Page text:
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Lesson #5: Create the Market Where There Is None
Few Japanese were interested in this little device that seemed to have no practical use, that is, until a group of teachers discovered the product and realized that it had possible use in their classrooms. Not one to miss out on the opportunity, Morita and Ibuka began producing educational radio programs on tapes that met the needs of the teachers’ curriculums. The duo also began traveling to schools across the country, introducing their new gadget to teachers and demonstrating how it could be beneficial to their schools.
What was once an innovative product with no market quickly became an innovative product that was in high demand throughout Japan. Sales of the device were flying off the shelves so fast that the company could barely keep up with the demand. Morita had not only improved his profits, but he had also learned a valuable lesson. He did not need to simply make products to meet a market need; he could, in fact, create the market himself. And, that was a lesson he would keep close in mind over his years at Sony.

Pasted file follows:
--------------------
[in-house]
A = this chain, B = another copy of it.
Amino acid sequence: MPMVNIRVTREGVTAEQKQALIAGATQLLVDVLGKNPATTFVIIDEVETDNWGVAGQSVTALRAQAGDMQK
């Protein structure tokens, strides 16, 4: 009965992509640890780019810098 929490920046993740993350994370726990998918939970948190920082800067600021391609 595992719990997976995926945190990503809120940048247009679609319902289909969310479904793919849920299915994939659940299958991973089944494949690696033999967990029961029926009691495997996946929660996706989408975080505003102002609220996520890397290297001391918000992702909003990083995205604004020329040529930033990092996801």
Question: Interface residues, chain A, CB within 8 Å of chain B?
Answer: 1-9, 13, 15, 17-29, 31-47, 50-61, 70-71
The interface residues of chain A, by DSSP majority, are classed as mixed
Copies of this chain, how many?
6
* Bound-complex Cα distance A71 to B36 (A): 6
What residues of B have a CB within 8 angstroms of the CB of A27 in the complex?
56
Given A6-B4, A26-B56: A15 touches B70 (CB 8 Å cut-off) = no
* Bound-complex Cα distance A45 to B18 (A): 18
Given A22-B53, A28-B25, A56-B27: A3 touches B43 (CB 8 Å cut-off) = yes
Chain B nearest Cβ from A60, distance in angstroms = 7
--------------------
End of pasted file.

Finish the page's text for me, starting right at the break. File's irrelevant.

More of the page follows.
As golden as his intuition might have been, Morita was not perfect. He did get behind a number of Sony products that were, in the end, unable to generate a profit. For instance, Sony had come out with the beta max tape, a product with superior technology to anything that was on the market at the time. Its image quality was unmatched. However, when one of its competitors released the VHS, Morita’s product floundered. VHS’s longer recording capacity proved popular with customers.
The stubborn businessman that he was, Morita refused to integrate any of VHS’s technology into his beta max, or to change his product in any way. As a result, Sony incurred heavy losses. But, that did not stop Morita from sticking to his intuition. He knew that where the product was the most innovative on the market, he could sell it.
It was for this willingness to take risks that in 1972, Morita was awarded the fist ever Emmy by the National Academy of Television Arts and Sciences for a product – the Trinitron. Four years later, he received a second Emmy Award for his U-Matic video tape recording system. Over the years, the Emmys would keep on coming.
Morita knew that his market was a highly competitive one, and the only way to stand out was to find his niche. That niche was with innovative and top quality consumer electronic products. And, Morita understood that the very concept of innovation rested on the idea that he was presenting to people something they had never seen before. Thus, where there was no market, he knew he would have to create one, and that is exactly what he did at Sony.
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